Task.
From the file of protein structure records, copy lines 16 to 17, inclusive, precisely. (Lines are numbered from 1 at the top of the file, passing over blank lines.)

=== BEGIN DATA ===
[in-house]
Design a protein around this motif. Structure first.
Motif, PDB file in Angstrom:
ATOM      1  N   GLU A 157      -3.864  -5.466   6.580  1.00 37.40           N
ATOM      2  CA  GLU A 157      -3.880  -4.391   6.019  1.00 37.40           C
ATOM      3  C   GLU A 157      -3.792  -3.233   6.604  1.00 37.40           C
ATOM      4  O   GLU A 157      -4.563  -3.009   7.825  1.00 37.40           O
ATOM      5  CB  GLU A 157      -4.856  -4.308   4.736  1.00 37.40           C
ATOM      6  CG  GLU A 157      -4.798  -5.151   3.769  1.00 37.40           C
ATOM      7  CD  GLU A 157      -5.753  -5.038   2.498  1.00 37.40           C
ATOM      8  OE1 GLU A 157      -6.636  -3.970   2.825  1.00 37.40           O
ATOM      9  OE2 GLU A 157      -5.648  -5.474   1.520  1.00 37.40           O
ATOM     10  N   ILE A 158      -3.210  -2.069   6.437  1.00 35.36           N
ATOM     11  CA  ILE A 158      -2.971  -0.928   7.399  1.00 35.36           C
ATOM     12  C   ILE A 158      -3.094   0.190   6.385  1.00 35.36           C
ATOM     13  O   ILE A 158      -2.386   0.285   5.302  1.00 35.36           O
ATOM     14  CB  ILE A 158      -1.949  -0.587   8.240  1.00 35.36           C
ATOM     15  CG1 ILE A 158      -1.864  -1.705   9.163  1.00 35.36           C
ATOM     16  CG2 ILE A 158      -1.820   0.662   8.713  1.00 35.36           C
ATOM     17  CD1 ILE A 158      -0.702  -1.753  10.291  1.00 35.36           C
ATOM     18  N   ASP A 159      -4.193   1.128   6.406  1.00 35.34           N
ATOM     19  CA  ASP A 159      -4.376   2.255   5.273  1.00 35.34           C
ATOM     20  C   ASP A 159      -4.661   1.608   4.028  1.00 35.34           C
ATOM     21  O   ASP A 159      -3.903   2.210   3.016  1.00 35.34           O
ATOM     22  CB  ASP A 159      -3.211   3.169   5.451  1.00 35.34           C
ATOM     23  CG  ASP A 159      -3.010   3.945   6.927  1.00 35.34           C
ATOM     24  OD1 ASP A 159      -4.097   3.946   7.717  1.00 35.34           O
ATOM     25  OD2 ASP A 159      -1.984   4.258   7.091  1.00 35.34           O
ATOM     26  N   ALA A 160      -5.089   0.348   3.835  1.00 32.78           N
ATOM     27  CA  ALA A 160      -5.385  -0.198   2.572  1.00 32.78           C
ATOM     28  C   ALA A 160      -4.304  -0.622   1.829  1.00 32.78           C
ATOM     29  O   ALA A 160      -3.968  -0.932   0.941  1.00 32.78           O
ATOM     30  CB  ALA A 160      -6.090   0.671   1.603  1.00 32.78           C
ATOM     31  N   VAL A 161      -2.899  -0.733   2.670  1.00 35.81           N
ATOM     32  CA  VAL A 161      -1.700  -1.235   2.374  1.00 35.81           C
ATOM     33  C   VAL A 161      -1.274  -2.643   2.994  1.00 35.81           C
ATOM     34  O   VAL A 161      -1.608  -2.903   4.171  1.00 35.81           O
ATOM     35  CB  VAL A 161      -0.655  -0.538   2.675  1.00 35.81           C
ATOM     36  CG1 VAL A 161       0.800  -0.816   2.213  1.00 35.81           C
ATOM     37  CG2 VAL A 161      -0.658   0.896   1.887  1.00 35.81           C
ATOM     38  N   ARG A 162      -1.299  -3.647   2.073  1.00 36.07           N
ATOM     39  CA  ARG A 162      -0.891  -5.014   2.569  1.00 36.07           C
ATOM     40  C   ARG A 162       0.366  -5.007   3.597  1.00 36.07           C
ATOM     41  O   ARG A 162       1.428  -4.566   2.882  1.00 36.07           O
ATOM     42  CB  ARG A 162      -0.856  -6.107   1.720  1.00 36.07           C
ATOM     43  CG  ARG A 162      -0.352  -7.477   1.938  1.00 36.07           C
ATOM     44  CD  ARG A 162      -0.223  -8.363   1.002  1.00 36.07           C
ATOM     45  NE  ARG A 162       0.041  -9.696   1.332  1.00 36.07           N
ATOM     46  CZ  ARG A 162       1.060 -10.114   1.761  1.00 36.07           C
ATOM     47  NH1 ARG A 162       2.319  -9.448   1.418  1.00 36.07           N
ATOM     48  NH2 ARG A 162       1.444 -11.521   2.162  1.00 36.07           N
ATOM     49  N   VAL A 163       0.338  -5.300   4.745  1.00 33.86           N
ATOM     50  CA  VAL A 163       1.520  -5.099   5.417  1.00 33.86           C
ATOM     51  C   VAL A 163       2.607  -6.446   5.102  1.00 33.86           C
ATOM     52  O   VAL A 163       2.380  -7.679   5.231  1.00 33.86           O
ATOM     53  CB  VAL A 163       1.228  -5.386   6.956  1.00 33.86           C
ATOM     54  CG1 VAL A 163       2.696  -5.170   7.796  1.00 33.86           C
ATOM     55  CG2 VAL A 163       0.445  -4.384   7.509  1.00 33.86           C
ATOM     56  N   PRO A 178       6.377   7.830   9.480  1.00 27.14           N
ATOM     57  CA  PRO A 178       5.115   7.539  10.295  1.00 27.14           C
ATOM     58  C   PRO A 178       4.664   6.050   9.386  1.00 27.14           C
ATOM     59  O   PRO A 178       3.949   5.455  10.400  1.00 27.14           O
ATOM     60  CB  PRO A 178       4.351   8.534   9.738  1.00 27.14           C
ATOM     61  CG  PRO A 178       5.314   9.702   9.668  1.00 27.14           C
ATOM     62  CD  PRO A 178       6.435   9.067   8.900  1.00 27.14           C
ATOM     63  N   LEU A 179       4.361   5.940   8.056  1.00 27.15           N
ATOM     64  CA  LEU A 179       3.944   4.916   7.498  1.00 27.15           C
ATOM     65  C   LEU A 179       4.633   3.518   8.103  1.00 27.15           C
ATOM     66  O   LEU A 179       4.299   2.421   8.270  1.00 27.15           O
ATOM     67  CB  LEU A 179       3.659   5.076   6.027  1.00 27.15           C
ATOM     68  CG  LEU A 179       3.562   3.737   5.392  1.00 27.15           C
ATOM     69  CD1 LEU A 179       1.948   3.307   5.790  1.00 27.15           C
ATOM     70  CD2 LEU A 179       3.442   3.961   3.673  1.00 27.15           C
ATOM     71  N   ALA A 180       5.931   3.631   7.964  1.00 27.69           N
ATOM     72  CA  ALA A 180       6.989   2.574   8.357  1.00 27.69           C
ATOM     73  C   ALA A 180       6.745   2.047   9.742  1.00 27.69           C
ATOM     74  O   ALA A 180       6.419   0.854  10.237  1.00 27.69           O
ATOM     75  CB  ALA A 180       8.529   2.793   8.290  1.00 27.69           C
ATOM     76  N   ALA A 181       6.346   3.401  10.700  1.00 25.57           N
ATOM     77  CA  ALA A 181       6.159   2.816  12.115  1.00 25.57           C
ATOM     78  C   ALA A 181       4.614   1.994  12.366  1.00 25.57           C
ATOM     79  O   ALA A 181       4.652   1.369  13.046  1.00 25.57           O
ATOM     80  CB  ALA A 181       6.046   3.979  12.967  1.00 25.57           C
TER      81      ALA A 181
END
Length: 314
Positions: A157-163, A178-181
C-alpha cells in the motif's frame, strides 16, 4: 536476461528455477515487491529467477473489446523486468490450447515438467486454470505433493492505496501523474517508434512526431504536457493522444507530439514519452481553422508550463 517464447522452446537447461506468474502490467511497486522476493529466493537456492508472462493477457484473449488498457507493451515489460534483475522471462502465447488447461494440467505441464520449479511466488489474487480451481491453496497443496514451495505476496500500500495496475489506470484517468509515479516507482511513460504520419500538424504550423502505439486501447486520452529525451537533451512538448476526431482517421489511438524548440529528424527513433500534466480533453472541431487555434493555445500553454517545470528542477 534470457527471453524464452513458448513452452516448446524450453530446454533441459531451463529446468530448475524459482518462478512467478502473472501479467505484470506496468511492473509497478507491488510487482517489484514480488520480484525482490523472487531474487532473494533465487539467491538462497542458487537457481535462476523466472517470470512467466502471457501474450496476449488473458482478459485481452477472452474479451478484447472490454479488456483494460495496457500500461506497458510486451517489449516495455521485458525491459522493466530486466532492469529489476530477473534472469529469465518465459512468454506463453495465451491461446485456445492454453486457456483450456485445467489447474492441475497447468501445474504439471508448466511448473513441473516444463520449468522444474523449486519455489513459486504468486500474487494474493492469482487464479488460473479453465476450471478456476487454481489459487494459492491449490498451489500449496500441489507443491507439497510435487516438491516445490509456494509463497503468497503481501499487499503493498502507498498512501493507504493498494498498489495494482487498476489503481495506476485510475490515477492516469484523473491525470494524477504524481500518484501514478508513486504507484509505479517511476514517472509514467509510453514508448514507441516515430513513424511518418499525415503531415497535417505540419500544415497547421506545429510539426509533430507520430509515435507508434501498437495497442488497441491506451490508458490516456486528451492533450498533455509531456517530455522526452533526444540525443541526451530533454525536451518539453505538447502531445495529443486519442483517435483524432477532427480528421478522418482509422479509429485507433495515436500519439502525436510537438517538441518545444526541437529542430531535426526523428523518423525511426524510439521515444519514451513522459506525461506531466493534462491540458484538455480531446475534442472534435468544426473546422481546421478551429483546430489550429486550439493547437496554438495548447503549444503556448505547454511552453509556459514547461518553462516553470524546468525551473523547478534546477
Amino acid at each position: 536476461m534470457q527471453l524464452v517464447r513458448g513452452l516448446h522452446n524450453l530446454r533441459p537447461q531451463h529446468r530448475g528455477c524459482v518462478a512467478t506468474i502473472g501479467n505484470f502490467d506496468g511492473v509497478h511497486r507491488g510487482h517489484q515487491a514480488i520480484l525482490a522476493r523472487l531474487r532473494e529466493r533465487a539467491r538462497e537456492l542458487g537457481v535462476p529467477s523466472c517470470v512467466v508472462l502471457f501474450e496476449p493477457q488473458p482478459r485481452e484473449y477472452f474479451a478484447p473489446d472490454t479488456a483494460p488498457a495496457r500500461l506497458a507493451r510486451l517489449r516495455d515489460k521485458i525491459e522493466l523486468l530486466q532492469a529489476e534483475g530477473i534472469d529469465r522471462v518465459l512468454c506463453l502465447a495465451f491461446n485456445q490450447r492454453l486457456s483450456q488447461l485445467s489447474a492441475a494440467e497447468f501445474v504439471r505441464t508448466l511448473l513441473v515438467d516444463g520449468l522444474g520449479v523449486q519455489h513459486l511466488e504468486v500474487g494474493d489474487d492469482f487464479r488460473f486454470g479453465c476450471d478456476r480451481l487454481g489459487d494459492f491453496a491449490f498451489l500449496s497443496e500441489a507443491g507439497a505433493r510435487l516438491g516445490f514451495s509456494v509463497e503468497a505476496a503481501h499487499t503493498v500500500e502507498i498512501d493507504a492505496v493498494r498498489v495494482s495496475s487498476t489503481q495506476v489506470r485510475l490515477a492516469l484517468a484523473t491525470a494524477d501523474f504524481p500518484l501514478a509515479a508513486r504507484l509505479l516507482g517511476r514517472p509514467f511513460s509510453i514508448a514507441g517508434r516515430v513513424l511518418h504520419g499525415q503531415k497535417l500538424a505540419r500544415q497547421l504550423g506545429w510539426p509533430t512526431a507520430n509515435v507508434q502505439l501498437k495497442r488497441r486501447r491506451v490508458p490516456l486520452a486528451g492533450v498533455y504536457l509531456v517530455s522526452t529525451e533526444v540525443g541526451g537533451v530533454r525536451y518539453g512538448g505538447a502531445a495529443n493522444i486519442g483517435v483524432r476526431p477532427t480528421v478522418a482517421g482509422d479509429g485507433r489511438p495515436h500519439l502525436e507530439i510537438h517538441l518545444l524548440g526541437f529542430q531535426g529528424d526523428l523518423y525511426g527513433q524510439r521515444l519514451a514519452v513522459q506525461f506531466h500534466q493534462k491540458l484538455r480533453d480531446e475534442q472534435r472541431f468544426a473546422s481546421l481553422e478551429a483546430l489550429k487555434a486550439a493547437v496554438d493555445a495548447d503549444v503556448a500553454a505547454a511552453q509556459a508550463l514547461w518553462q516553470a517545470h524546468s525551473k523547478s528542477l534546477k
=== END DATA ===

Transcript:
ATOM     13  O   ILE A 158      -2.386   0.285   5.302  1.00 35.36           O
ATOM     14  CB  ILE A 158      -1.949  -0.587   8.240  1.00 35.36           C